Marc Goddard Apologizes For Missing A Look At The UFC 252 Main Event: “I Can’t Call What I Can’t See”

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Marc Goddard takes responsibility for what he sees as a mistake on his part during the main event of UFC 252.

The veteran referee was the third man in the cage in Saturday’s heavyweight championship trilogy bout between Stipe Miocic and Daniel Cormier, which saw Miocic win the rubber match by unanimous decision to retain his UFC title. Subsequently, Cormier complained about a glance at the end of the third round that was limiting his vision and there was visible damage to the area during the fight and Cormier’s post-fight upkeep. (UFC President Dana White later said he believed a clean punch caused the eye damage, which was made even worse by the blow).

Cormier also said Goddard admitted after the fight that he missed the foul, a claim Goddard corroborated in an apology he shared on social media on Sunday.

“Immediately after the fight upon seeing the replay, I apologized to Daniel Cormier and his team and am doing so publicly and wholeheartedly for missing what I shouldn’t have – but I can’t call what I can’t see, ”Goddard wrote. “I don’t have multiple reruns and angles, it’s a single take in real time.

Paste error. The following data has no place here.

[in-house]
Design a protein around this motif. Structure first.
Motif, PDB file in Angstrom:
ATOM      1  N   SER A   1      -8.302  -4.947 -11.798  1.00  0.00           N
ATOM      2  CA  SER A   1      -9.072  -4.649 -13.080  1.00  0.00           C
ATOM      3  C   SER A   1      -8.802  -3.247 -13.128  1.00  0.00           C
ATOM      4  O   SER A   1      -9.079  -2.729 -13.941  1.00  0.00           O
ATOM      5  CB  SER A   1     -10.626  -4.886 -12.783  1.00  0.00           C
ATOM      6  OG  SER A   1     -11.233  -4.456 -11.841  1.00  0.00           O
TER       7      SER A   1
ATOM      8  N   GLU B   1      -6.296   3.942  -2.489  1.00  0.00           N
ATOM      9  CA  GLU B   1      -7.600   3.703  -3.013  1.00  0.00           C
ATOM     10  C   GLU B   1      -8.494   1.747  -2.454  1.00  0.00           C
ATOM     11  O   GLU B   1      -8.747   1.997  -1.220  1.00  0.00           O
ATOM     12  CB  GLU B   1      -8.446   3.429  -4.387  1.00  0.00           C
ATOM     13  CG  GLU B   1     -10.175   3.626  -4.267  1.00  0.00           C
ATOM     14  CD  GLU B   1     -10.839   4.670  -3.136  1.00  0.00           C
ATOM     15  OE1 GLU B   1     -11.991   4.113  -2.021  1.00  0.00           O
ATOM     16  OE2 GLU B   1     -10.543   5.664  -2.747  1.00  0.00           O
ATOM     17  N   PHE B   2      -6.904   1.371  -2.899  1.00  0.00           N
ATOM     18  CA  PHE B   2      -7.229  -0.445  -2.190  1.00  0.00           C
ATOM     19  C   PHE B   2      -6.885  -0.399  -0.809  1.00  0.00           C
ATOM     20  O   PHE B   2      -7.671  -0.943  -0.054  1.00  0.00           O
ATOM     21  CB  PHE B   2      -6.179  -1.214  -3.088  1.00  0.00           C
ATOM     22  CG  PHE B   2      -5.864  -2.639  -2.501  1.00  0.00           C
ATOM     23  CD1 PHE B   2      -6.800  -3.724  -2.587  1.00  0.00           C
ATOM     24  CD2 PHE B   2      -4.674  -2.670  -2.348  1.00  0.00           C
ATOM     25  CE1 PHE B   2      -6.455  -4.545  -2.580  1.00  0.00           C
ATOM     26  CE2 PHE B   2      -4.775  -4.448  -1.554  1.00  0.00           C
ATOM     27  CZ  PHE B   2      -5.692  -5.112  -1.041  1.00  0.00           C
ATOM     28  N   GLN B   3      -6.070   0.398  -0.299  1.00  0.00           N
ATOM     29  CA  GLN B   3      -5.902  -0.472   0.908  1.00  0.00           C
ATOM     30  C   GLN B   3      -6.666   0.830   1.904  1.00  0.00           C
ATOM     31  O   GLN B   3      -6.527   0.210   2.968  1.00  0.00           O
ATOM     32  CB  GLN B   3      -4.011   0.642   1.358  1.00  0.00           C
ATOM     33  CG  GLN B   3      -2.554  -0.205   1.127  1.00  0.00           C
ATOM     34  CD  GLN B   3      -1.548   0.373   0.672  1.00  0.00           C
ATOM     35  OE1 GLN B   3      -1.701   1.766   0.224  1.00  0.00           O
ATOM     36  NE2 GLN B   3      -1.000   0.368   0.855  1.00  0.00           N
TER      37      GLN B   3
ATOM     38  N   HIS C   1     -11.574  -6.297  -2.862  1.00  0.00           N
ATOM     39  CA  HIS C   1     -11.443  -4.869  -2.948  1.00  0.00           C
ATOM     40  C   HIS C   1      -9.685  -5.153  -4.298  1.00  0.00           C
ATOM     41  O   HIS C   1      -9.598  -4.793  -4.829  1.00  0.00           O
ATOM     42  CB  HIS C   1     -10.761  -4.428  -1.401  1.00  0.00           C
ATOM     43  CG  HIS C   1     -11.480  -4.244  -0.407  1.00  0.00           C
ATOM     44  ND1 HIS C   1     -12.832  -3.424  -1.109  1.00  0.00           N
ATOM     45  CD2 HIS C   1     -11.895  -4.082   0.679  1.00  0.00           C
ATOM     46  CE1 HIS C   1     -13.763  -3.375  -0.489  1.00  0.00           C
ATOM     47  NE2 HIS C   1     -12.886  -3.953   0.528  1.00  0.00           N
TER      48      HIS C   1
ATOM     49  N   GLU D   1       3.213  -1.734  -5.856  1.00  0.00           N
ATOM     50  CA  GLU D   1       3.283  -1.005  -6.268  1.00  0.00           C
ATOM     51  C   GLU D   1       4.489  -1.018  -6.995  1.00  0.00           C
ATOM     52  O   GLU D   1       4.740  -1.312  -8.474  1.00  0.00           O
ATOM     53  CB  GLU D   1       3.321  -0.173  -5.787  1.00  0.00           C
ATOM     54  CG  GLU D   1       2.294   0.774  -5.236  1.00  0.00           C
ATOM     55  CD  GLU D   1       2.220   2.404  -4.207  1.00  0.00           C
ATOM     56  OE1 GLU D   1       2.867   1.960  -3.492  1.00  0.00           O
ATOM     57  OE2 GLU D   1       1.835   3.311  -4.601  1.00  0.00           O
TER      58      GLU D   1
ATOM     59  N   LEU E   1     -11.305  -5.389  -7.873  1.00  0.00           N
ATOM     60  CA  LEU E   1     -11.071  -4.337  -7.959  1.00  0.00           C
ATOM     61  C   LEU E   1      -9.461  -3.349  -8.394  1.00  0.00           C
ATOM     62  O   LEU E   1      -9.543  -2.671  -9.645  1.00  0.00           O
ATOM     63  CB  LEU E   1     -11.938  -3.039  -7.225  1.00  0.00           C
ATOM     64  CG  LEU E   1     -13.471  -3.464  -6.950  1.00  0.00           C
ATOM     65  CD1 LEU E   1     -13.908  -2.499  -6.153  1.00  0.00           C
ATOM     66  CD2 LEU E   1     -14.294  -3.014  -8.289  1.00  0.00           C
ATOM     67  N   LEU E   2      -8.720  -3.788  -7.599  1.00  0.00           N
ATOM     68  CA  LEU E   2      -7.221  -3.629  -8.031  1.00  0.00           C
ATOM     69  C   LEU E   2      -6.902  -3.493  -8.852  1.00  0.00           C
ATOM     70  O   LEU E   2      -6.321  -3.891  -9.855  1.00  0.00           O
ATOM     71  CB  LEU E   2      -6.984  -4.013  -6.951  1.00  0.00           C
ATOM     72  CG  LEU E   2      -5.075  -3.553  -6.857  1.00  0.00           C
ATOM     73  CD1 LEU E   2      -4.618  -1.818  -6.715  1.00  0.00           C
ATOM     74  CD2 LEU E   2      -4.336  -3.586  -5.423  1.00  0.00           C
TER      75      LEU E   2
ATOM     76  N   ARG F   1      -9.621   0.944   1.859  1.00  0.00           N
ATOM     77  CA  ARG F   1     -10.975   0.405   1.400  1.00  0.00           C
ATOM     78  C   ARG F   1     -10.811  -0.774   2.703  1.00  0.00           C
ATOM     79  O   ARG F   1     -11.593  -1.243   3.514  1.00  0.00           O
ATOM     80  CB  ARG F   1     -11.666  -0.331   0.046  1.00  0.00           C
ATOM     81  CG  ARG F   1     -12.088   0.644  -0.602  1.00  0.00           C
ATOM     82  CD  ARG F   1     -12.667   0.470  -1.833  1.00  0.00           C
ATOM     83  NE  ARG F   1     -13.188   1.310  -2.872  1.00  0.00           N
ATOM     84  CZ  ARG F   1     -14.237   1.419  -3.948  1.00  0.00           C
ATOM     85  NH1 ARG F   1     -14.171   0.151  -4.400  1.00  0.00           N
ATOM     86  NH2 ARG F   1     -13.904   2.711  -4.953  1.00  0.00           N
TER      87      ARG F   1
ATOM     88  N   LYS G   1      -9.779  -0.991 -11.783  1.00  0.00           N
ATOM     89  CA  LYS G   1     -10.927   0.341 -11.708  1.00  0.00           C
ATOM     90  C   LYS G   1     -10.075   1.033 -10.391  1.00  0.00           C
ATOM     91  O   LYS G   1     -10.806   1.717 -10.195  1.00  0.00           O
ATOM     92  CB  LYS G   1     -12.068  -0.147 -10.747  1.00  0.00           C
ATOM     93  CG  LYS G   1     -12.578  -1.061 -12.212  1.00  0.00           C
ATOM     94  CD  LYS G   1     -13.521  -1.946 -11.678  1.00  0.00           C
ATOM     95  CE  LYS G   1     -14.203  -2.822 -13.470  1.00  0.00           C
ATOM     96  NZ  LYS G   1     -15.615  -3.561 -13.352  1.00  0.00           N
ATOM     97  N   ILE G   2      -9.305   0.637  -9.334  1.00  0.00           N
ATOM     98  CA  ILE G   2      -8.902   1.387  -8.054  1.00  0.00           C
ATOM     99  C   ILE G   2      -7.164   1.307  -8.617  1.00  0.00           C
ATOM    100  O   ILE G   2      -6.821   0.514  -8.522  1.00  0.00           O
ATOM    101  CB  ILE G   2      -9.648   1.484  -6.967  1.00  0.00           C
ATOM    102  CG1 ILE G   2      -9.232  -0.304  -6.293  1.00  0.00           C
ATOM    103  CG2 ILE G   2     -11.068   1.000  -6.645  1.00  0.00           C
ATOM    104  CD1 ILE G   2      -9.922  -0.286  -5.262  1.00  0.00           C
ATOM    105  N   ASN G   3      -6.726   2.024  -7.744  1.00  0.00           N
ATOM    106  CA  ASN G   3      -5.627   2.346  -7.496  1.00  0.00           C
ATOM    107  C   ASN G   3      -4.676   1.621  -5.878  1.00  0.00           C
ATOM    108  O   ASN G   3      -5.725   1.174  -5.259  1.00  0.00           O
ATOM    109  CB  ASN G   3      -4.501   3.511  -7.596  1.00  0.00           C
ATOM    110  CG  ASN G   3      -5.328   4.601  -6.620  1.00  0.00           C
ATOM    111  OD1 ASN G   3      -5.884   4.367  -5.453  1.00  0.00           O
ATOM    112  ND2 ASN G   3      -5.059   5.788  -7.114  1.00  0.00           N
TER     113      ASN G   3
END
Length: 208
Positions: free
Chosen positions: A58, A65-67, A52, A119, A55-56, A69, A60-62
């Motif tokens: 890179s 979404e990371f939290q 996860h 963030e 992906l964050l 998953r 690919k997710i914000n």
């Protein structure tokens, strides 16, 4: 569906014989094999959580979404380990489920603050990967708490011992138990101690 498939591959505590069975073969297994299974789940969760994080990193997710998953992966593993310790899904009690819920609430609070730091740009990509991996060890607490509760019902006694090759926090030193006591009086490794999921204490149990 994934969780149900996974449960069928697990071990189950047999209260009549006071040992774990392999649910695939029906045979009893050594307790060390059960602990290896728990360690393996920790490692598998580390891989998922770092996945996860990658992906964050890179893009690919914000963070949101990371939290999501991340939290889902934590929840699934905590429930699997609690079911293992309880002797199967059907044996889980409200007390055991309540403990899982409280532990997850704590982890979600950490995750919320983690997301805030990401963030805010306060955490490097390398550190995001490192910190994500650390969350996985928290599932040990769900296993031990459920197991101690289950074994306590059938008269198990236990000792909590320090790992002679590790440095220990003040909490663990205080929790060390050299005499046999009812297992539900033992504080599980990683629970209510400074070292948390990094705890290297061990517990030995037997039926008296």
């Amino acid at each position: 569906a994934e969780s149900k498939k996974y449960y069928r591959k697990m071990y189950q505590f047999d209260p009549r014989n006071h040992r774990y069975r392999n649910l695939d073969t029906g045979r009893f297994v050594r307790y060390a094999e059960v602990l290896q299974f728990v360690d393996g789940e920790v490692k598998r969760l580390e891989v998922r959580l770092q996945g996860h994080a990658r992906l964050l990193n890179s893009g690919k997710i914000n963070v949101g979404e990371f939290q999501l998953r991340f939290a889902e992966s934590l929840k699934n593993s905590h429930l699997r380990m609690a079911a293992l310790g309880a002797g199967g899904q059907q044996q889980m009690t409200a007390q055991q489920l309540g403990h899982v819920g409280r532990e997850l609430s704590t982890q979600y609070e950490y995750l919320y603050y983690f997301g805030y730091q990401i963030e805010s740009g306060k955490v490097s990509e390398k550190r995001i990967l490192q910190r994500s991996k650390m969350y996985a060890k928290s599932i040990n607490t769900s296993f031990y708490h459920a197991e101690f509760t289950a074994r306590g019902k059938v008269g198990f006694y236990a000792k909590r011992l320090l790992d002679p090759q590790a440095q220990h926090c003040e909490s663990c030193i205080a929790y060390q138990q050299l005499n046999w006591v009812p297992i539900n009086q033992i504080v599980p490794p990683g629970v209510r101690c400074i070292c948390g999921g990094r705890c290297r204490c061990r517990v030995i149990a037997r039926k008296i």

There was another peek into the fight that took place in the first round, with Miocic at the reception, and that foul resulted in Goddard’s break.

Goddard added that he believes it is important to be held accountable for his actions, given the vital role he plays on the night of combat.

“I practice what I preach and as a man I stand up straight with my head held high,” Goddard wrote. “If you accept the applause, you must also make mistakes, it is proof that you are listening, being honest and craving improvement. Rude with gentleness, acceptance and ownership. “

See Goddard’s full statement below:

I practice what I preach and as a man I stand straight and headless. If you accept the applause you must also make mistakes, it is proof that you are listening, being honest and craving improvement. Rough with smoothness, acceptance and ownership. Immediately after the fight upon seeing the replay I apologized to Daniel Cormier and his team and am doing so publicly and wholeheartedly for missing out on what I shouldn’t have – but I can’t call what I do not see. I don’t have multiple reruns and angles, it’s a single take in real time. I cannot say how much I have experienced and loved this sport over the past 20 years. I really appreciate everyone who understands.

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